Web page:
Imagine the following scenario: You, a website developer, are given an interesting design for a website to develop. While feature-rich, you notice the forms used contain custom designed select fields. Most form fields are globally known in the web development field for not adhering fully to style rules, likely due to their development made to conform to native design. As such, a dropdown arrow will look different in each Operating System. No biggie! Just whip up a custom component which looks like a dropdown field, place it on top of the
select tag, ensuring it is hidden, and bind functions to open it when the custom component’s arrow is clicked. Easy!
While the above is an excellent solution, and there are several examples online explaining how to render this custom field, depending on the usage of your dropdown list by users and devices, it may likely not be needed as the display of its items (the
option tags) may be better appreciated in a mobile setting, in which native display may override any given style, all in the name of facilitating the user to perform a selection.
If we are to take a page from what website builders that bloat a page’s code for the sake of added functionality, we could assume in a thought exercise each DOM element is draggable and able to be positioned anywhere on the screen without breaking layout. As such, it could be understandably easy to create one, if we’re able to position the elements (the dropdown, and the arrow) we want to style on top of each other, much in the way that happens with custom select fields.
Thanks to newer versions of CSS, this is actually possible. For one, an element’s position in the DOM can be easily modified thanks to the
position property. As long as we have an absolute element, either inside the page body or a parent element whose position is
relative, we are able to modify its position to place it anywhere we want.
Even without positioning, it is also possible to modify the position of an element thanks to the
transform property. This allows us to move an element from its position horizontally, vertically, or both, by specifying arguments of translation which may be measured units (like pixels), percentage units, or viewport units.
pointer-events, allows us to assign it an element, which will allow for any mouse events on it to “pass through” so that any element rendered below it experiences it.
To make the picture above a reality, we need code for both HTML and CSS. In HTML, the idea will be to use as few elements as possible in order to render the dropdown:
Before I explain the HTML, let’s see the CSS:
So now that both are available, I’ll explain:
- Although not necessary, a container, noted by the div with id
select-container, is placed, as a wrapper for the dropdown and arrow image. It is written as an added security to ensure absolute elements do not escape the boundaries of the dropdown list. Note how in CSS it has a
- The select tag, noted by id
dropdown, will encompass the width and height given to its parent, the container, as well as some styling to change its font color, background color, border color and radius, and padding. The property
outlineis also specified and set to none so that if the list is clicked, the outline provided by the browser doesn’t surround the element without accounting for the border radius:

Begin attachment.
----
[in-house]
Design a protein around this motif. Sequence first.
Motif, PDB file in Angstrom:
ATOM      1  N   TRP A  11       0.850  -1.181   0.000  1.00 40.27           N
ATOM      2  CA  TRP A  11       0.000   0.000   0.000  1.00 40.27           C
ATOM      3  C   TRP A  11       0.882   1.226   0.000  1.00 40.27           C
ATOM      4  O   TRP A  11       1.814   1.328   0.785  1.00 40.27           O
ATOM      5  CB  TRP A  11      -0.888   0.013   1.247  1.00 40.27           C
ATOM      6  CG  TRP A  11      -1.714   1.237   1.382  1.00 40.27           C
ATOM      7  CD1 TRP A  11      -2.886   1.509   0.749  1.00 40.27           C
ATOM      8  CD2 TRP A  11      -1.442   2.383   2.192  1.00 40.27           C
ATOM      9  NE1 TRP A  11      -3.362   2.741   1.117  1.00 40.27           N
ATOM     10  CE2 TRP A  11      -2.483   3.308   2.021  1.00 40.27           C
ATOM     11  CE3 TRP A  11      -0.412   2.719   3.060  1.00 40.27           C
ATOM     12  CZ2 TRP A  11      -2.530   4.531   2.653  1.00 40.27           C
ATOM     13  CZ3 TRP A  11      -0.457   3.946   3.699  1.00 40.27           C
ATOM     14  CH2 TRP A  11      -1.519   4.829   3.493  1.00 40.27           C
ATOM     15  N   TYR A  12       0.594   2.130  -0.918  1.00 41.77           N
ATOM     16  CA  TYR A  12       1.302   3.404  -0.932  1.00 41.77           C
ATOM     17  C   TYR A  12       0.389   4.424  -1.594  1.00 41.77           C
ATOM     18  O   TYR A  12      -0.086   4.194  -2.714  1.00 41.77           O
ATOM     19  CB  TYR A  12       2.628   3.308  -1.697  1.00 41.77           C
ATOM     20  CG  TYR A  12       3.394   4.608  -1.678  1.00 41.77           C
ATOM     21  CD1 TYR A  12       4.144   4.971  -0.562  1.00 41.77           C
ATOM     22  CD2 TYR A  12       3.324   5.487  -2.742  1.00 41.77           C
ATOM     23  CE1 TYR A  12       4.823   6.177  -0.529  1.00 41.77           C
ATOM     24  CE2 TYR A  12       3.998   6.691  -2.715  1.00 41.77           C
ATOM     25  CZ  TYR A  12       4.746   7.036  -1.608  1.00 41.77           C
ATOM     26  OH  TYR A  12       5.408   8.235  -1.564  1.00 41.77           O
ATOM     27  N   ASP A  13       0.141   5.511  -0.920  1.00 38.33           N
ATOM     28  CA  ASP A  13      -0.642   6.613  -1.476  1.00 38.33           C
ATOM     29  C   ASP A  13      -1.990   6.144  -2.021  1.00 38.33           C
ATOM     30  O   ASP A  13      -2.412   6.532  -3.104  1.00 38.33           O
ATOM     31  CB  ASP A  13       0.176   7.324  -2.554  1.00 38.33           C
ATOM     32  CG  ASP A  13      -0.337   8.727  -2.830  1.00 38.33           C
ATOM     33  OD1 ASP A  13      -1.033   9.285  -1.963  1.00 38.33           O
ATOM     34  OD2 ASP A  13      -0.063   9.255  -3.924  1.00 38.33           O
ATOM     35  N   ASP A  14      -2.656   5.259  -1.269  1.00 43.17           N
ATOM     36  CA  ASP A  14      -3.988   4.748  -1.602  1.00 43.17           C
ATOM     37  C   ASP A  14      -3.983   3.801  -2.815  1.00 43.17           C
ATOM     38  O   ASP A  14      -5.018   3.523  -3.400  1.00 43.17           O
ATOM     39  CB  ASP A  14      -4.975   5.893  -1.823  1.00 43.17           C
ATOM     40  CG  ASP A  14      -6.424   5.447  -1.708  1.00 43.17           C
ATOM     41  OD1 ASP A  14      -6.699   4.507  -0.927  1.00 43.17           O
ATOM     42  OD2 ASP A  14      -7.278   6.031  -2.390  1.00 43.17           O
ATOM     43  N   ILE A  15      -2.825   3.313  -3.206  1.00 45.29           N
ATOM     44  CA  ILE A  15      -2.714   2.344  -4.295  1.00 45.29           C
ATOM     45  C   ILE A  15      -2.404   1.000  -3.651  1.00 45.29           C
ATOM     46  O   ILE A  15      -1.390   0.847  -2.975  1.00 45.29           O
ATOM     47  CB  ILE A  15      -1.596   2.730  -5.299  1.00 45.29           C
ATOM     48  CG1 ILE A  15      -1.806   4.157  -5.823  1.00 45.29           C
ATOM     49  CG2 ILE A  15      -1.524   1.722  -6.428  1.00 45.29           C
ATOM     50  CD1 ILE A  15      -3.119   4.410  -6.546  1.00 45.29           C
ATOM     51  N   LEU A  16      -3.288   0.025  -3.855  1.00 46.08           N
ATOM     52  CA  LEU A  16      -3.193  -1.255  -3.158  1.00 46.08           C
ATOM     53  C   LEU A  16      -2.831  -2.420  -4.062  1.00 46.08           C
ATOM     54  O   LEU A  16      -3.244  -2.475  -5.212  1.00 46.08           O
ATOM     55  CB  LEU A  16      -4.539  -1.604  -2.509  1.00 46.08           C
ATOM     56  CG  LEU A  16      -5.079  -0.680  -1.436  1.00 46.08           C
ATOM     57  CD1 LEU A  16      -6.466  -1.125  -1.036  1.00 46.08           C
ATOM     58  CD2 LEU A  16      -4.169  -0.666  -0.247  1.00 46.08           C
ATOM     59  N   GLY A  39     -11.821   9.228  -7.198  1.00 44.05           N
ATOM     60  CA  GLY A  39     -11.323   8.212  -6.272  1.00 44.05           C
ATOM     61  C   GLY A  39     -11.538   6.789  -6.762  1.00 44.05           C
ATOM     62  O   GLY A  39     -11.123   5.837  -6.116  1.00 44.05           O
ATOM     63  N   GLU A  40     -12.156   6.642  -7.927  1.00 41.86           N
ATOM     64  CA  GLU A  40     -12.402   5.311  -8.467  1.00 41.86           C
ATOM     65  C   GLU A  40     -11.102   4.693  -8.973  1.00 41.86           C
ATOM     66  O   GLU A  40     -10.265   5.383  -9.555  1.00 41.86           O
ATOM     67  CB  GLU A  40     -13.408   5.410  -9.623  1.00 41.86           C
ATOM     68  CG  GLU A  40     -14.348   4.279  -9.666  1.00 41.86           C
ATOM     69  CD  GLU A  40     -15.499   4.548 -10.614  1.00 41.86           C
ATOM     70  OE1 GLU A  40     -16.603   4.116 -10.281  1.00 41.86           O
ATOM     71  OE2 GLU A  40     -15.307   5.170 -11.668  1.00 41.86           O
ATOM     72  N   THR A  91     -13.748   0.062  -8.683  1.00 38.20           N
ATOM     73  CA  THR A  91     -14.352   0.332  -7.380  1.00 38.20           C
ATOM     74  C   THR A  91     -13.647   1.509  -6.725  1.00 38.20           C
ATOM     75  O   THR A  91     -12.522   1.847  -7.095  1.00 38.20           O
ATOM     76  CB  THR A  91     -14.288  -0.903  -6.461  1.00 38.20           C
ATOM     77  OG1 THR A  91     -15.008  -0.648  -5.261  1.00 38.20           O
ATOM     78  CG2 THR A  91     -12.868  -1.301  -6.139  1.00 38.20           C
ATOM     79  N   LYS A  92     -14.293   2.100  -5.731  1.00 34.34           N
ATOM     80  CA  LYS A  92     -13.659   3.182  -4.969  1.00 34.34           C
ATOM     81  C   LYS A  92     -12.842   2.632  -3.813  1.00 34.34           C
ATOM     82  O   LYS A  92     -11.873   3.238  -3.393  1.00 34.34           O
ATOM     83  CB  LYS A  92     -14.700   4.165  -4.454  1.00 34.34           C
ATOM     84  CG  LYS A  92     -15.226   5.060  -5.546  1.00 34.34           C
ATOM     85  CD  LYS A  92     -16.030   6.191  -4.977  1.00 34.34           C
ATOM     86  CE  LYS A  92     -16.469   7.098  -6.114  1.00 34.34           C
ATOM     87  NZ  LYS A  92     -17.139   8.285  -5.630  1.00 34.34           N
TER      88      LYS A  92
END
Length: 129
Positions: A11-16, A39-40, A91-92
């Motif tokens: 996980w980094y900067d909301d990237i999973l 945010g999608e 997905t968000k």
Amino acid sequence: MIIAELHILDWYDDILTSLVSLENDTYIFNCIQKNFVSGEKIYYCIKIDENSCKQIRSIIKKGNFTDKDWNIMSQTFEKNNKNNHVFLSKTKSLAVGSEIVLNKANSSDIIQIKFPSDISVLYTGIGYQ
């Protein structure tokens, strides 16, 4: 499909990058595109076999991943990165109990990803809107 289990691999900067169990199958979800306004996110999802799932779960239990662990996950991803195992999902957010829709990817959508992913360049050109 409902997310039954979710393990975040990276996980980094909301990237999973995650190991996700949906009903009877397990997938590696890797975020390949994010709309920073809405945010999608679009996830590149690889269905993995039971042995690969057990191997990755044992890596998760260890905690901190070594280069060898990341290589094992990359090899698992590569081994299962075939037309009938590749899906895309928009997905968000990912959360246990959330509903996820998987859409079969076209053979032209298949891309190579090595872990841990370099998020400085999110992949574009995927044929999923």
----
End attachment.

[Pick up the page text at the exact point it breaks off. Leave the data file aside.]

The select tag also has a
cursor property, but I’ll discuss that one later.
- The options, or list elements, have been placed here for purposes of the example, and thus do not limit this technique in any way.
- Lastly I have included an image which has all of the styling of the arrow from the “design”, included in it, but it’s possible to render your own arrow fully with CSS, as I only included it here for simplicity.
Note how the properties specified are being used! Because the container has a relative position and the image has an absolute position, any change in position made to the arrow image will restrain it to the coordinates of the container. The
transform property is then used, to move the arrow image its whole width to the left, thereby placing it on the right edge of the
select tag, right on top of the unruly arrow.
pointer-events: none works like a charm then to let the
select arrow receive the clicks. With all the code provided, we should be able to get a custom dropdown list like this:
Also note that, while it may be possible to get this by using
display: flex on the container, thereby removing both position attributes, the
select element will adjust to 100% of the container’s width, minus the width given to the arrow image, but the idea is to have a dropdown list whose width matches the one of the container.
Sadly, because this is a trick that depends on the use of a native HTML element, it is not possible to edit the
option elements’ width. So this custom dropdown will not look as pretty if your custom element has rounded corners:
Also, because there are no pointer events for the arrow image, nothing happens to the mouse pointer as it enters the arrow image. This is why the
select tag has a
cursor: pointer property, to simulate recognition of the mouse over the image. This is no native behavior, but it provides some form of interactivity in a desktop environment.
But, if you’re targeting a mobile audience, then native list selection should take over, and the regular desktop option items would not be visible, nor would there be a need for cursor changes.
Although it will always be better to understand the functionality of a custom-made dropdown list, having the alternative to create a decent looking one with the tools natively provided never hurts.